A better understanding and appreciation of the foregoing and of the attendant advantages of the present invention will become apparent from the following detailed description of example embodiments of the invention. While the foregoing and following written and illustrated disclosure focuses on disclosing example embodiments of the invention, it should be clearly understood that the same is by way of illustration and example only and is not to be taken by way of limitation.
While example embodiments are described herein, the present invention is applicable for use with all types of computer networks, network interfaces and chipsets, including follow-on chip designs which link together such disparate processing systems as computers, servers, peripherals, storage devices, and devices for data communications. Examples of such computer networks may include a local area network (LAN), a wide area network (WAN), a campus area network (CAN), a metropolitan area network (MAN), a global area network (GAN) and a system area network (SAN), including newly developed computer networks using Next Generation I/O (NGIO), Infiniband or other channel based, switched fabric architecture. LAN networks may include versions of Ethernet, Gigabit Ethernet, FDDI (Fiber Distributed Date Interface), Token Ring, Asynchronous Transfer Mode (ATM), Fibre Channel and Wireless. For the sake of simplicity, discussions will concentrate mainly on an NGIO or Infiniband networks having several nodes (e.g., computers, servers and I/O units) interconnected by corresponding network interfaces, although the scope of the present invention is not limited thereto. A wide variety of implementations, arrangements and configurations of devices (e.g., host systems and I/O units), switches and links in all types of data networks may be possible.
According to an example embodiment or implementation, the various devices connected to the network may utilize network interfaces compatible with the NGIO specifications, Version 1.0, published by the NGIO forum on or about Jul. 20, 1999 or with the Infiniband specifications developed by the Infiniband Trade Association (www.infinibandta.org). The network consists of a channel-based switched fabric (e.g., collection of links, switches and/or switch elements connecting a number of host systems and I/O units over logical channels), and the endpoint may be a host system or a target system such as an I/O unit. In such a network, the network interfaces are referred to as host channel adapters (HCAs) or target channel adapters (TCAs). Both the HCA and the TCA may be broadly considered as fabric adapters provided to interface endpoints to the switched fabric, and may be implemented in compliance with the NGIO or Infiniband specification for enabling the devices at the endpoints to communicate with each other over a channel(s).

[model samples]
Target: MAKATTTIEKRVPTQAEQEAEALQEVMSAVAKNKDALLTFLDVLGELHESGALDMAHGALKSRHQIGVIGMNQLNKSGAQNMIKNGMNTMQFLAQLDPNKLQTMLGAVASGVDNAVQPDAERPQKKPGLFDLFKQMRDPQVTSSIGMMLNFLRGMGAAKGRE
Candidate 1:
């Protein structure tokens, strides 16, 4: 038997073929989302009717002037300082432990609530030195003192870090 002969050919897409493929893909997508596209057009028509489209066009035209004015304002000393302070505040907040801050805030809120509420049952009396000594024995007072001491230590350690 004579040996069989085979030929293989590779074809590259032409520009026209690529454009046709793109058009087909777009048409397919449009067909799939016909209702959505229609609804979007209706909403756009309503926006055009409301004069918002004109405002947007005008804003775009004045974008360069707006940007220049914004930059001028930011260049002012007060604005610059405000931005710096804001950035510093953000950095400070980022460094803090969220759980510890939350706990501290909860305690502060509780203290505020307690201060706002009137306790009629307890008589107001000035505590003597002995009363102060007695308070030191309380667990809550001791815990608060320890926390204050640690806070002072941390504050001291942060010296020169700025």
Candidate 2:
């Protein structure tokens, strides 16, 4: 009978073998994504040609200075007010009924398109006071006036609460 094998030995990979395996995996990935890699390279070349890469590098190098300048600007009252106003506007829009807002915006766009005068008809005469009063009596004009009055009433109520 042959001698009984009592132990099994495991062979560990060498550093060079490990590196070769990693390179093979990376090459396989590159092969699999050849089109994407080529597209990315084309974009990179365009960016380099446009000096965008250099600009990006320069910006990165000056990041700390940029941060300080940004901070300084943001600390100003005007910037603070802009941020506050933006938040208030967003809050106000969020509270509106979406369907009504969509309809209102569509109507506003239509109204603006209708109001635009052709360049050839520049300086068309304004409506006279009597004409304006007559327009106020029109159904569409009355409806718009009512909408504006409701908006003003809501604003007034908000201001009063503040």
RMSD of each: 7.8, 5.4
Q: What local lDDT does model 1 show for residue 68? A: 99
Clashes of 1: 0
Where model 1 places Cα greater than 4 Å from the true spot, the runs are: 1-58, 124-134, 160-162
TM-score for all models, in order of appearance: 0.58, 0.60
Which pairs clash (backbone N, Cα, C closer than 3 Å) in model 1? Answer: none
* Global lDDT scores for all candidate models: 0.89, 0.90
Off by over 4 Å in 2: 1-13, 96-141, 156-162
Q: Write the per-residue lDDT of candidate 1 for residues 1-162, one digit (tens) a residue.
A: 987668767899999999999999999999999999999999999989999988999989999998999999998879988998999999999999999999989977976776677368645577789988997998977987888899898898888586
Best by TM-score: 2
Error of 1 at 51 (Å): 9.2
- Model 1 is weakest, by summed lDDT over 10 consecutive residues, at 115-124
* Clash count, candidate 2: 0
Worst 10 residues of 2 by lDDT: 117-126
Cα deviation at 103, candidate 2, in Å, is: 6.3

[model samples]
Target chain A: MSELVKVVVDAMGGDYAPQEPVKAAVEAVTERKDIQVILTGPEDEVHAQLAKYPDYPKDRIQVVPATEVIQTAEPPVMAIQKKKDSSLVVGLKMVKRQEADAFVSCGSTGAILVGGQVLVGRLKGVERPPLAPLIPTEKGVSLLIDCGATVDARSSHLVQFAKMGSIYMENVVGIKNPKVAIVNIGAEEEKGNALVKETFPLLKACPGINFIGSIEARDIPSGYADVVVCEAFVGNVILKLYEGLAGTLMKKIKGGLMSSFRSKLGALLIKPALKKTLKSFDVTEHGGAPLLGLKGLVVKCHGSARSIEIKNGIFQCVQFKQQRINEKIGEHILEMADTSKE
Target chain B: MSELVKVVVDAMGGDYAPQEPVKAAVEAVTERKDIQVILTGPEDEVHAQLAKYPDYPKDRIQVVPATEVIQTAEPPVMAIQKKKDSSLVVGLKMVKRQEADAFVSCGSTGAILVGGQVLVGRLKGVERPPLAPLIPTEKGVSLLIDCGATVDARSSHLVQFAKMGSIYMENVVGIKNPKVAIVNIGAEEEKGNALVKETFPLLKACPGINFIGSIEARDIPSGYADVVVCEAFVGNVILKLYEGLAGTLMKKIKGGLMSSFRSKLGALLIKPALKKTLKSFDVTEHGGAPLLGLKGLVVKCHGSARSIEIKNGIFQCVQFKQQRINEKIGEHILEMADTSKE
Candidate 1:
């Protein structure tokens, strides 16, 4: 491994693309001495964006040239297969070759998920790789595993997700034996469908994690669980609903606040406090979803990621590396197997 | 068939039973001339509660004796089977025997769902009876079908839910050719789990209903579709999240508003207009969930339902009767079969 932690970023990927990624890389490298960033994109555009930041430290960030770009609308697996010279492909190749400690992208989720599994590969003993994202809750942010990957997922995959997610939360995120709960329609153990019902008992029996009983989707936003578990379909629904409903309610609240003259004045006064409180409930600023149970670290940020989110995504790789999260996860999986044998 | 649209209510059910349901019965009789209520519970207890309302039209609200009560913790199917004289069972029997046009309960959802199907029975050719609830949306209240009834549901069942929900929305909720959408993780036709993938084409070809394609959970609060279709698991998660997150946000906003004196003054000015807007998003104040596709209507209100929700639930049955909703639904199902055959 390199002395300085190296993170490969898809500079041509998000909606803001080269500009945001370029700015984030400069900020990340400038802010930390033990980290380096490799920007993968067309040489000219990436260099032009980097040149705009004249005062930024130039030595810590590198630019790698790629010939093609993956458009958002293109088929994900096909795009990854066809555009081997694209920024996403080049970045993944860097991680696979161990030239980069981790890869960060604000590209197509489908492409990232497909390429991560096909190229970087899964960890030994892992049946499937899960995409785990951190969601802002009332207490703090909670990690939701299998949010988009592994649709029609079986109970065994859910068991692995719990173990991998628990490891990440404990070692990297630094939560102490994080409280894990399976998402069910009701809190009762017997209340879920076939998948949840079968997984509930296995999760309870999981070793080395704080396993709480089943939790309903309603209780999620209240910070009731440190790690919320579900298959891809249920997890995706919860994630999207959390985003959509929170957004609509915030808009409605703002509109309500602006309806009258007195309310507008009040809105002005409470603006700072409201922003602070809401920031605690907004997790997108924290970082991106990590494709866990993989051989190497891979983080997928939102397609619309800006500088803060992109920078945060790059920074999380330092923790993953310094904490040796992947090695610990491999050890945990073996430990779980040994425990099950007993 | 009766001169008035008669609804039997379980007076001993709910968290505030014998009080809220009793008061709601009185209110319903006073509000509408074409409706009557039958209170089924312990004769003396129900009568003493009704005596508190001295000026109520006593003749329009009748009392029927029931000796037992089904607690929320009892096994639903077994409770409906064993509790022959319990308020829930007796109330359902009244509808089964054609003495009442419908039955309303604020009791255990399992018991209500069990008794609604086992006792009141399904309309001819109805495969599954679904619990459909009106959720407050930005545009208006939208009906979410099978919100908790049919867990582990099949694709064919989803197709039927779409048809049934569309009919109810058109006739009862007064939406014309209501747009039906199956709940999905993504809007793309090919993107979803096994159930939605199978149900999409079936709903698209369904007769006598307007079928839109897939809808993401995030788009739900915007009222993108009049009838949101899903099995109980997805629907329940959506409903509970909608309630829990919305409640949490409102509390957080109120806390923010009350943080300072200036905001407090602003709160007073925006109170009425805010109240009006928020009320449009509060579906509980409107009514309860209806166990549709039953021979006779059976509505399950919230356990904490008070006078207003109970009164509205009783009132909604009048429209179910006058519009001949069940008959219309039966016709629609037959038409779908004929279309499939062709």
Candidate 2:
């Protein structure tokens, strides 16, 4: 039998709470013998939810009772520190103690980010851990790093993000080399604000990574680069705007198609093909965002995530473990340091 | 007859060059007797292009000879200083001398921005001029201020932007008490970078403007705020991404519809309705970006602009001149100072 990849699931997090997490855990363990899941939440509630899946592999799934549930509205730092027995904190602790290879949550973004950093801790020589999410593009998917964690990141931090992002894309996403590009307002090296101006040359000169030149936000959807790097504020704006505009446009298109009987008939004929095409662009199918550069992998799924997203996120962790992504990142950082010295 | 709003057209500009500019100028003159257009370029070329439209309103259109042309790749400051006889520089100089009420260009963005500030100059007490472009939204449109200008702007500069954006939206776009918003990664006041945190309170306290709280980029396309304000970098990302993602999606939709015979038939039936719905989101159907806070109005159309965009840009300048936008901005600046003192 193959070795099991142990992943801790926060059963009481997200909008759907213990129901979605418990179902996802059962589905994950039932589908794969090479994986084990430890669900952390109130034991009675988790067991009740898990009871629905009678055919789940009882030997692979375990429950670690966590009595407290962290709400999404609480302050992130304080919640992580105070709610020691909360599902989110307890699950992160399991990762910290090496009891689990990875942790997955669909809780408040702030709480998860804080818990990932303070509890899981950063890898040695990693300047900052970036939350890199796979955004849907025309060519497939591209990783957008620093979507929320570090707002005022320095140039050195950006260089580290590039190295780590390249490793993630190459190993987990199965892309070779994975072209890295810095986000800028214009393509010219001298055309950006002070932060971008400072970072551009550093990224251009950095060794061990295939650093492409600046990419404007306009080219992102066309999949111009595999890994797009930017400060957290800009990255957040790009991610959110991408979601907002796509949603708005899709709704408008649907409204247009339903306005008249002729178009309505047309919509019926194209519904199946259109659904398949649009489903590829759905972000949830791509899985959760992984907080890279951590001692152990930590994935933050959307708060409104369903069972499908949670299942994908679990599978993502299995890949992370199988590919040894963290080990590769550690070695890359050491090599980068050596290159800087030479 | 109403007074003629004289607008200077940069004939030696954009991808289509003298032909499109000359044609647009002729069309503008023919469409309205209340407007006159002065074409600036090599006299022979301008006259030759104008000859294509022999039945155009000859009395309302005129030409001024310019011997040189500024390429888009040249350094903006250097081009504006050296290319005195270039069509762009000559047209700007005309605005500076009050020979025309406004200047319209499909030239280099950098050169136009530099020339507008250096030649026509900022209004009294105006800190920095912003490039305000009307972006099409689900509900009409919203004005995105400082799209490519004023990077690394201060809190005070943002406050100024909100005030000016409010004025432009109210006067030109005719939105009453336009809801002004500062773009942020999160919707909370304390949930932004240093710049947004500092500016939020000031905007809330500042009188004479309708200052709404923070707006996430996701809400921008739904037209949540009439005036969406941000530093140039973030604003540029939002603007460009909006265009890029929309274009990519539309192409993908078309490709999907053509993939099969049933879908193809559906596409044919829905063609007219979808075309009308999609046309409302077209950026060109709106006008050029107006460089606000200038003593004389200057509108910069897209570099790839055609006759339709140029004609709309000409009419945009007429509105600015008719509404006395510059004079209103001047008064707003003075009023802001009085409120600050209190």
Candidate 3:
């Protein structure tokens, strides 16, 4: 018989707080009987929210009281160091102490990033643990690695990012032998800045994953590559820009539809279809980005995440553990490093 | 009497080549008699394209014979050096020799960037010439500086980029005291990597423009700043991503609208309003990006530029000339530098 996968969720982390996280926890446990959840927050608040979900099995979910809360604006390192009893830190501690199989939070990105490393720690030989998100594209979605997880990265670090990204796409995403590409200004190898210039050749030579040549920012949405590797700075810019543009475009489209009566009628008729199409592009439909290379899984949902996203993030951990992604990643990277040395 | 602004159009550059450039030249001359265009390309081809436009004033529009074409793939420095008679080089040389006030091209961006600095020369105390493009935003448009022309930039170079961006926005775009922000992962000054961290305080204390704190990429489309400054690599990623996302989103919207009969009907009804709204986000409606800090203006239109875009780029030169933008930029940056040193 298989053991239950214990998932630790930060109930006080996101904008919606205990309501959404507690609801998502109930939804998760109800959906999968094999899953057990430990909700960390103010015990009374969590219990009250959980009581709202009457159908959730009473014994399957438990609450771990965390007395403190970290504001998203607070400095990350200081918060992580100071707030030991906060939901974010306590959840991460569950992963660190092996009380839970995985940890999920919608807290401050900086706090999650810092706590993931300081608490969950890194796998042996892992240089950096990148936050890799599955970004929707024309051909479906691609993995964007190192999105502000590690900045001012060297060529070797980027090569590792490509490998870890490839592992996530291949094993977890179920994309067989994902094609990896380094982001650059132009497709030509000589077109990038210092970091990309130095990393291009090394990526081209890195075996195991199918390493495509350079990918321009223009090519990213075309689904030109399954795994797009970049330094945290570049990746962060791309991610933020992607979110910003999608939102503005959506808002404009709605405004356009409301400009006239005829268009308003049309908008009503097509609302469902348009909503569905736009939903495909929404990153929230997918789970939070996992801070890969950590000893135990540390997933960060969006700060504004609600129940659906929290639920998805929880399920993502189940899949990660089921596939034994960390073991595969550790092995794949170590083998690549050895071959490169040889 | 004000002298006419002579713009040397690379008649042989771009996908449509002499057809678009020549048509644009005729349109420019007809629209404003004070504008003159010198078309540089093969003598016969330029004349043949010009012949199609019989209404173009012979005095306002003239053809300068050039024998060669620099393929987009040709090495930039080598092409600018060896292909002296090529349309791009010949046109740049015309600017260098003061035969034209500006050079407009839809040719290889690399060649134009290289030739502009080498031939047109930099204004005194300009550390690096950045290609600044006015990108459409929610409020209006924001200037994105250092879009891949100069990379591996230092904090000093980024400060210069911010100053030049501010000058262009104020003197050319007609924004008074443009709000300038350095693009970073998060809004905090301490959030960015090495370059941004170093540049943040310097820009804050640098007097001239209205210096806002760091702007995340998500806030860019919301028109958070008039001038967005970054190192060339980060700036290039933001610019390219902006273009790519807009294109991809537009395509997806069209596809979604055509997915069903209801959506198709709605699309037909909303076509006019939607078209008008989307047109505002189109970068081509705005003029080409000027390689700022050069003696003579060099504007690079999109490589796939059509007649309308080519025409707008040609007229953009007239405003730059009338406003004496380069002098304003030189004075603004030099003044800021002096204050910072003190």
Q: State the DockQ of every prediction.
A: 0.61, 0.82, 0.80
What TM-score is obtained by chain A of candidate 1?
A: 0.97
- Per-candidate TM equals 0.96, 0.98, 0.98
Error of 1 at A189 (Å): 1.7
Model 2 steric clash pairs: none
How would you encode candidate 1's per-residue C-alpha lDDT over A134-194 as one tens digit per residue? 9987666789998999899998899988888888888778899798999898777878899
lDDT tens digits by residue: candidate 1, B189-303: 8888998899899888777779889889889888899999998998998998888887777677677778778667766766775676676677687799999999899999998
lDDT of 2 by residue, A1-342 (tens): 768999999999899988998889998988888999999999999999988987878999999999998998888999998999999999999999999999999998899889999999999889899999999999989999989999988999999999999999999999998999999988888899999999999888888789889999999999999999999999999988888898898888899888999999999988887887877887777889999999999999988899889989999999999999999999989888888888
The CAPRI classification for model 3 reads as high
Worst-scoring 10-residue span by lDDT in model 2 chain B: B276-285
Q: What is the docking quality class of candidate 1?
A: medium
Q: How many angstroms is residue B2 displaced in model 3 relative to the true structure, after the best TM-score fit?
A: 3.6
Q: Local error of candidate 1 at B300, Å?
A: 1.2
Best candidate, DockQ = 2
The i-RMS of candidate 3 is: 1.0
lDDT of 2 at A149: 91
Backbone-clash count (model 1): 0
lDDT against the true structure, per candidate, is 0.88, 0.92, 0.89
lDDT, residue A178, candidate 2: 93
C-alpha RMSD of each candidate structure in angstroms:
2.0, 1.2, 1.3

The network fabric may include a central network manager 210 connected to multi-stage switch 200 and other fabric elements for managing network management functions. However, the central network manager 210 may alternatively be incorporated as part of either the host processing system 230, the second network 250, the I/O device 270, or the remote system 290. In either situation, it may be configured for learning network topology, determining the switch table or forwarding database, detecting and managing faults or link failures in the network and performing other network management functions.